BMW 1 - series
nooooooooo comparison. BMW 1 series handles better than all of them, better transmission, better feel, etc. if you want a direct comparison, check out the video on youtube comparing the 3 series (which is larger, heavier, and less responsive than the 1) and the new infiniti G37: http://www.youtube.com/watch?v=aK8_DkEmLyo now, take that video, but give the BMW less weight, better handling, etc, and you'll see what i mean. hope that helps. -Jeff
I personally am not a fan of the 1 series, especially the styling. But Jeff is right, there is no comparison. Instead of looking at a new 1-series there are quite a few e46 M3's on the market for less money and most likely already have mods. Just my 2 cents, not saying the 1-series is bad, but if you're looking for a new car and you like the styling then go for it.
The low-end 1-series is around $30,000...Japanese tuners in this price range include the Mazda RX-8 and the Honda Civic Mugen Si. Some Numbers (Top speeds estimated): 2008 BMW 128i ($28,600): 230 bhp @ 6500 rpm 200 ft-lbs of torque @ 2750 rpm 0-60 mph in 6.3 seconds 149 mph top speed (limited) 2008 Honda Civic Mugen Si ($30,135): 197 bhp @ 7800 rpm 139 ft-lbs of torque @ 6100 rpm 0-60 mph in 6.1 seconds 155 mph tops speed (limited) 2008 Mazda RX-8 ($28,000): 232 bhp @ 9,000 rpm 159 ft-lbs of torque @ 5,500 rpm 0-60 in 7.1 seconds 155 mph top speed (limited) The high end, however is around $40,000...In these waters, it has to compare itself with the likes of the Subaru STi and Mitsubishi EVO. Some more numbers(Top speeds estimated): 2008 BMW 135i ($42,900): 306 bhp @ 5800 rpm 295 ft-lbs of torque @ 1300 rpm 0-60 mph in 5.2 seconds 155 mph top speed (limited) 2008 Subaru STi ($39,440): 305 bhp @ 6,000 rpm 290 ft-lbs of torque @ 4,000 rpm 0-60 mph in 4.8 seconds 155 mph top speed (limited) 2008 Mitsubishi EVO X($): 291 bhp @ 6,500 rpm 300 ft-lbs of torque @ 4,000 rpm 0-60 mph in 5.1 seconds 155 mph top speed (limited)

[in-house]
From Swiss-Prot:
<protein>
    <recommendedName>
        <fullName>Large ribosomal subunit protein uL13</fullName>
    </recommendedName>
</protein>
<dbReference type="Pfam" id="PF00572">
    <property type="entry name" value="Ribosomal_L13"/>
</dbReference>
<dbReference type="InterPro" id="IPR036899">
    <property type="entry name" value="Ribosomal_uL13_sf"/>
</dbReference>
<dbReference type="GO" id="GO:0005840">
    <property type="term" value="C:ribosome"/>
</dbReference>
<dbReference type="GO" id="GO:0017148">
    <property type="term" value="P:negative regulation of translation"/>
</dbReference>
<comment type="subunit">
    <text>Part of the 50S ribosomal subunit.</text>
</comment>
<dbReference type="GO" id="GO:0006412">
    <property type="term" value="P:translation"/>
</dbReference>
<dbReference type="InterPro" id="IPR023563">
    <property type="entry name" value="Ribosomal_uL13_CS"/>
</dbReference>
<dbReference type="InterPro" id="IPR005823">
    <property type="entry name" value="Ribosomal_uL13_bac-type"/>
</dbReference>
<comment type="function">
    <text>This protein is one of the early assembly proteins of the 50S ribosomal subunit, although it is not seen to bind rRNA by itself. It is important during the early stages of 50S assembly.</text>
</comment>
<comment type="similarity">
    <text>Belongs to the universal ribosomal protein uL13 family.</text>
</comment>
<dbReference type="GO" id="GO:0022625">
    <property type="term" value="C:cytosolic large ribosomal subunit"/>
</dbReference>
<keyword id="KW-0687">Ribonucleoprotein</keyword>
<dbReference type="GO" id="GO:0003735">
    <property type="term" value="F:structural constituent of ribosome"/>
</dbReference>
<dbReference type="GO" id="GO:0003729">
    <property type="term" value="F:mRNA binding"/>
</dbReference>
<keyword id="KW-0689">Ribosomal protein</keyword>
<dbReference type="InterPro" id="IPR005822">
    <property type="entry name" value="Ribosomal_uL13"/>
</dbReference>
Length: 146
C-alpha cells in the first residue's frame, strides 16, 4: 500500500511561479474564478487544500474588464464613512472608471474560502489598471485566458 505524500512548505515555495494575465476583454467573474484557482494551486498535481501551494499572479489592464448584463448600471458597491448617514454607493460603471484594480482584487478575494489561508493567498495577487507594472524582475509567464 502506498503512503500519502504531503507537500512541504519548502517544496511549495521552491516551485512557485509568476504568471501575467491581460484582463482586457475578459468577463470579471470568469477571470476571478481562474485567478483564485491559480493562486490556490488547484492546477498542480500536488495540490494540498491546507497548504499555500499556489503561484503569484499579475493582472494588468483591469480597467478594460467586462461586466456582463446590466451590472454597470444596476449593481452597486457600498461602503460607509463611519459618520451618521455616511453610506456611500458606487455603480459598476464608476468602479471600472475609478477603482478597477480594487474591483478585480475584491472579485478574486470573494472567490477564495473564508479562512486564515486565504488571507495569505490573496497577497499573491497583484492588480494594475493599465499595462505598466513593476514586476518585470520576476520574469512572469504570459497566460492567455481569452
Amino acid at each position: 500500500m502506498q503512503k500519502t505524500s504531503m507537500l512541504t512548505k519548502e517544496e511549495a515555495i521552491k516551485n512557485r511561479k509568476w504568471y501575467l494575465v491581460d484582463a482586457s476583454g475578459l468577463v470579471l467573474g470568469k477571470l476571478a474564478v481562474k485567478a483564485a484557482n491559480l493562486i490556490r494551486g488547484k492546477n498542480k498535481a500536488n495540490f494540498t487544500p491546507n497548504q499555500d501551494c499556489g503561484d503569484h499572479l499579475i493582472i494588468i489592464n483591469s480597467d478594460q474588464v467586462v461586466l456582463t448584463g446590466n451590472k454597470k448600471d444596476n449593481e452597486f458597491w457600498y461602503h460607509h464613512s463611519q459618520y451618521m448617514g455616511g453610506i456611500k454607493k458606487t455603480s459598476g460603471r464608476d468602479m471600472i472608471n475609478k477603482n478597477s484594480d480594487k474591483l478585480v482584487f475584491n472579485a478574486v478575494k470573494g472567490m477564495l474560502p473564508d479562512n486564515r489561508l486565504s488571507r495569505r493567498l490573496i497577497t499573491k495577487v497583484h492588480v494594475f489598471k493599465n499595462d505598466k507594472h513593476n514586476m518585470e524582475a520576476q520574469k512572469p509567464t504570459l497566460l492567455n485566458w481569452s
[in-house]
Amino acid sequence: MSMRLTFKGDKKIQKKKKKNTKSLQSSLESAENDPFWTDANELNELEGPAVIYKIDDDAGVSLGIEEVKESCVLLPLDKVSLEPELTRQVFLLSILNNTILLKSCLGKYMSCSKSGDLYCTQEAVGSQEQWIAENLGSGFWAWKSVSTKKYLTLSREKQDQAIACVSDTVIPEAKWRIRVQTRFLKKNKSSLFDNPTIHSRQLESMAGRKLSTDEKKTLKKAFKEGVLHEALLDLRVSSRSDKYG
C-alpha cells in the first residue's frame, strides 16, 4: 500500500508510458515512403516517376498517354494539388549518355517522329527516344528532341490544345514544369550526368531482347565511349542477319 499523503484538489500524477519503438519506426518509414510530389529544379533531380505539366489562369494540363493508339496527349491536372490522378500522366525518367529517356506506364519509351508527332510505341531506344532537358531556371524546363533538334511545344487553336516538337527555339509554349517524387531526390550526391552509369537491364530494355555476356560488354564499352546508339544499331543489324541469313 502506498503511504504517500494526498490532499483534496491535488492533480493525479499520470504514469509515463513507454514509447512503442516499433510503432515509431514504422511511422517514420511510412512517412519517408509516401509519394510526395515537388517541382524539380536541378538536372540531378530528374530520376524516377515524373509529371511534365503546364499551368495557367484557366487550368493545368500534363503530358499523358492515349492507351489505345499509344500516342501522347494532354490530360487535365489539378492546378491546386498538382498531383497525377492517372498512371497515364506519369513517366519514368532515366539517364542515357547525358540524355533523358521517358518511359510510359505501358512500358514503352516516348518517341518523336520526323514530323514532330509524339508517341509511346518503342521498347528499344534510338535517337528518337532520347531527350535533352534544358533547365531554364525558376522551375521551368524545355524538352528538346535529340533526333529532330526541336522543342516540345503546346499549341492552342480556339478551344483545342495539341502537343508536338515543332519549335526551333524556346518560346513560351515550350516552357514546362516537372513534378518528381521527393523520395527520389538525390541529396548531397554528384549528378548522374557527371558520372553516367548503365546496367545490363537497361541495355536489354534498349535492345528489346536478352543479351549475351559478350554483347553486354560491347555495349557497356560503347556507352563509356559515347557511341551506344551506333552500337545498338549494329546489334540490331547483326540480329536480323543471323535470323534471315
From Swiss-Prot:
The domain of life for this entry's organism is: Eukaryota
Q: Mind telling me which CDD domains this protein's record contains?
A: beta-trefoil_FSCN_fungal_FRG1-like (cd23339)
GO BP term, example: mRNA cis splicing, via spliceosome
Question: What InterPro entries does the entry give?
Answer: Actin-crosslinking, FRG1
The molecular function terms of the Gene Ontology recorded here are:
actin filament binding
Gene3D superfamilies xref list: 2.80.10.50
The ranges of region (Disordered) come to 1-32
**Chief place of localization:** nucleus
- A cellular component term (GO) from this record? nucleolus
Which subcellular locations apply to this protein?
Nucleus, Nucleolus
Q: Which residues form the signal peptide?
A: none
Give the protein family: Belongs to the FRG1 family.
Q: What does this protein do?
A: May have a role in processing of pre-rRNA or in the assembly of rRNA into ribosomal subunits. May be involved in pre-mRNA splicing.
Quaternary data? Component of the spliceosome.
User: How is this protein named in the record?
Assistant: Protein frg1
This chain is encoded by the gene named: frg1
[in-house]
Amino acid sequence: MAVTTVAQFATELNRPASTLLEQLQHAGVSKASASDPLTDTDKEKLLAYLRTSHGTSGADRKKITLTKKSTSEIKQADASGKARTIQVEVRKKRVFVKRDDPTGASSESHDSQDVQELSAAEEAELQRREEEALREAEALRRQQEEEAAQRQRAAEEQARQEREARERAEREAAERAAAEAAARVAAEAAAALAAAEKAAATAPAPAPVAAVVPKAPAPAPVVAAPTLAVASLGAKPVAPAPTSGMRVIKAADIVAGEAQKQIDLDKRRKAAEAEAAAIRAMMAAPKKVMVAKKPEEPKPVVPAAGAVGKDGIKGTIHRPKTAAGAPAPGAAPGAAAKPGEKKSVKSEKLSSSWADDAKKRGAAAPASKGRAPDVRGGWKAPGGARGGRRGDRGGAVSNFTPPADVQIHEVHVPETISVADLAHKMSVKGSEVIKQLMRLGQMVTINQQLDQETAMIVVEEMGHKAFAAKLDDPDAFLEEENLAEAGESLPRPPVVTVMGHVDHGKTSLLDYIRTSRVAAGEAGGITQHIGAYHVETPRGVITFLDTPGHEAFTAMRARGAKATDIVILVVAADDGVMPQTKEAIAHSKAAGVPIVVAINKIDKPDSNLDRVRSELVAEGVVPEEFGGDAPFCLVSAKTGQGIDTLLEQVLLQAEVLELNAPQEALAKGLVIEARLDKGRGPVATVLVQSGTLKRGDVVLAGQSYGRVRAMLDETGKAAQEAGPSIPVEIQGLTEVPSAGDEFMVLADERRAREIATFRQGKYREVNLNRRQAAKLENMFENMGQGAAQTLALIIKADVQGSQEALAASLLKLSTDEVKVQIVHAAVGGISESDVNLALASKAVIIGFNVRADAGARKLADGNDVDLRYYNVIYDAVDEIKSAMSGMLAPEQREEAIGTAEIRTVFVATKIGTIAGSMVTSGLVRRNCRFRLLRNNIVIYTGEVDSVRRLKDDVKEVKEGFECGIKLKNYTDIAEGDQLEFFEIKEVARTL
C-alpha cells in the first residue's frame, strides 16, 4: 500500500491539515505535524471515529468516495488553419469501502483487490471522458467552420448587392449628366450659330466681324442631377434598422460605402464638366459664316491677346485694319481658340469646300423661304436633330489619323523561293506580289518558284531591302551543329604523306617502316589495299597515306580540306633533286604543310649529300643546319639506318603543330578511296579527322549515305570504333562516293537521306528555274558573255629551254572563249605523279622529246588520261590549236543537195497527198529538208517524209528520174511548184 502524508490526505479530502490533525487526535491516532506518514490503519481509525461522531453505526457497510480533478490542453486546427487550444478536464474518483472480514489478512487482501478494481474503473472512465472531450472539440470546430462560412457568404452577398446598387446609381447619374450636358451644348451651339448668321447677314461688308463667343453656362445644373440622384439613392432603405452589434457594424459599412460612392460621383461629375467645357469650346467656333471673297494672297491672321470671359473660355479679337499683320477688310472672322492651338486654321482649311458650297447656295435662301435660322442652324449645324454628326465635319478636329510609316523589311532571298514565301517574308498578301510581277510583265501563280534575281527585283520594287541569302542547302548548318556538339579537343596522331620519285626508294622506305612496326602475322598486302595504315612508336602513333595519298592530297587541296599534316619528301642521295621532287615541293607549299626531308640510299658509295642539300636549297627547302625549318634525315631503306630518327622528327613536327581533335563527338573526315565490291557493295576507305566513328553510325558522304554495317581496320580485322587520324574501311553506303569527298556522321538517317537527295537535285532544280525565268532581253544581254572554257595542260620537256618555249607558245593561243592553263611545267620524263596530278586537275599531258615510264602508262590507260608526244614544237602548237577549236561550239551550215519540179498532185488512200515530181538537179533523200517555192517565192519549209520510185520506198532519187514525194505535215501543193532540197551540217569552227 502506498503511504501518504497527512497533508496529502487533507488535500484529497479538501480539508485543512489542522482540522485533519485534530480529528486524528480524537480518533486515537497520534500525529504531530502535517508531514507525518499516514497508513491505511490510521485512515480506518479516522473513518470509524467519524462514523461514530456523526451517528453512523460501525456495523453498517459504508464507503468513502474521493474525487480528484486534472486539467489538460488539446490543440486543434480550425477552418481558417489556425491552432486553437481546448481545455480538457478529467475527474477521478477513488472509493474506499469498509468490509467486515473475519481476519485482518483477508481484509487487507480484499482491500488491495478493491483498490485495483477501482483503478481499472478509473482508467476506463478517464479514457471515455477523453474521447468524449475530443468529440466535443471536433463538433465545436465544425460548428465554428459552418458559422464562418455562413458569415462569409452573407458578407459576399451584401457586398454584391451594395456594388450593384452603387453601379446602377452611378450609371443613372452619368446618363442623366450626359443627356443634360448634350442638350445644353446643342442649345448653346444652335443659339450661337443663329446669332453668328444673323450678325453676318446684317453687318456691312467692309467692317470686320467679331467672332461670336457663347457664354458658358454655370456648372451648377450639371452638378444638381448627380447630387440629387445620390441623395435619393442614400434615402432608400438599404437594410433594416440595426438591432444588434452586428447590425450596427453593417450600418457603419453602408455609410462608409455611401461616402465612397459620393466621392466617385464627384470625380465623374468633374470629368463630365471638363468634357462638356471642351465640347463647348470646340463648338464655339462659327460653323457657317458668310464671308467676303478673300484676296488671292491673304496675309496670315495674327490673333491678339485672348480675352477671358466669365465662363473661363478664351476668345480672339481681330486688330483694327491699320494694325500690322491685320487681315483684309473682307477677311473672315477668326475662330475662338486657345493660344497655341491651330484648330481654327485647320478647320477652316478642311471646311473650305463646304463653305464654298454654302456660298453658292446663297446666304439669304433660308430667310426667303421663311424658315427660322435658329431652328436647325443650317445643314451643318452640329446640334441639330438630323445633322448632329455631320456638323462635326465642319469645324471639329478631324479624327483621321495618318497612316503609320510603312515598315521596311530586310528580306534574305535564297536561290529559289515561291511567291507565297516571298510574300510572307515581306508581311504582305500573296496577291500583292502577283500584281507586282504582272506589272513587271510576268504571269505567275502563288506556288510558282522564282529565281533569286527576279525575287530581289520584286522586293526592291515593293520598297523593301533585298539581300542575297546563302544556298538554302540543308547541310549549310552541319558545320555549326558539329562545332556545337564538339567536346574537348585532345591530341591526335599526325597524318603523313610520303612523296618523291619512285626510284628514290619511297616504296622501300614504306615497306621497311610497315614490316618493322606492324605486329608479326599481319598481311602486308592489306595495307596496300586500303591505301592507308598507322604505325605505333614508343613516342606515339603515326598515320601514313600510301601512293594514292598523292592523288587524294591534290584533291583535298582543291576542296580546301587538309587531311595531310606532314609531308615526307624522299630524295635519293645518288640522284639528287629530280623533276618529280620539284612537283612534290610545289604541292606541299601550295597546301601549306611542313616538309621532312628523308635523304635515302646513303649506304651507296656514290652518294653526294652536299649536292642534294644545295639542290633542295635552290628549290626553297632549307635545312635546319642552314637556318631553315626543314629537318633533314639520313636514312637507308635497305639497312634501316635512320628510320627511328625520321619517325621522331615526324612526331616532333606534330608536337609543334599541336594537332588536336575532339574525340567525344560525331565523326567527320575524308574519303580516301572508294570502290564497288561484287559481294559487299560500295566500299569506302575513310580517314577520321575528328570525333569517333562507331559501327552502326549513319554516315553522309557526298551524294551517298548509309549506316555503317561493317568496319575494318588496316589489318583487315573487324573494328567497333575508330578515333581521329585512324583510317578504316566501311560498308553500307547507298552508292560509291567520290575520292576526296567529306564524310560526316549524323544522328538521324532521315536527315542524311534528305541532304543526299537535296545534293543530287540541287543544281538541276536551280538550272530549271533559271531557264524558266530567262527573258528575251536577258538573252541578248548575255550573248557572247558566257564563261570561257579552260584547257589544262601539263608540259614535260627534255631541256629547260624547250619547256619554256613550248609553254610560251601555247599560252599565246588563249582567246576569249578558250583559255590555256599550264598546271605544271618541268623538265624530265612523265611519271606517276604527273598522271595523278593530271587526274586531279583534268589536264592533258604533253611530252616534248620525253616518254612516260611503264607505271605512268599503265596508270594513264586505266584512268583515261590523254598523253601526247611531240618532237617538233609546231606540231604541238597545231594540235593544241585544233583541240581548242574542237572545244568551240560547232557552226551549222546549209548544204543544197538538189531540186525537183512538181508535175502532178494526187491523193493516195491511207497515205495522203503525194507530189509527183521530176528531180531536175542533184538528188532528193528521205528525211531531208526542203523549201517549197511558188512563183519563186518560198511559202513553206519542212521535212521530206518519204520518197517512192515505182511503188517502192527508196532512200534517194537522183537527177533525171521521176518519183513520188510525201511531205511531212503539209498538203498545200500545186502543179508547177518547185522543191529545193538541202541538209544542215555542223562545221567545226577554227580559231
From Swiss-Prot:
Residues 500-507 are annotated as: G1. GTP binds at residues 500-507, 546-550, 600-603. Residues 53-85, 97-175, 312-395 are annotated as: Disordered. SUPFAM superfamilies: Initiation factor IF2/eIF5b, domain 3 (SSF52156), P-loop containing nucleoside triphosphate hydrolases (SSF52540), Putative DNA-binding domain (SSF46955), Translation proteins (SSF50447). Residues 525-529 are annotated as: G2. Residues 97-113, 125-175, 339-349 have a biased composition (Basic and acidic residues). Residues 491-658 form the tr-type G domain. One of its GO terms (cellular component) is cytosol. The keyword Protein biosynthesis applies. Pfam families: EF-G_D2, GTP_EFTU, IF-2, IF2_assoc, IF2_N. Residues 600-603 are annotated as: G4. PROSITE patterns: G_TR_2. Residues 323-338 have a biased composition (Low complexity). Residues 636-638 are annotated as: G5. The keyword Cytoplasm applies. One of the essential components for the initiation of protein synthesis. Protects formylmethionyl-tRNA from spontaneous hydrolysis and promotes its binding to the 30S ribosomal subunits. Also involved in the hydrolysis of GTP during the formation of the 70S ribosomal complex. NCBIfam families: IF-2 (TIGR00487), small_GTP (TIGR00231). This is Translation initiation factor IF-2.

actually 135 runs 0-60 in of 4.7 (read Car & Driver article).
That doesn't surprise me. It can be hard to find accurate information online though. What I typically do is look at a bunch of sources and take the average time. And .5 second differences can be attributed to driver reaction time, road conditions and even the gasoline's octane level. In at least some of California, 91 octane is all that's available while 93 octane can improve 0-60 and quarter-mile times. Thanks for the feedback.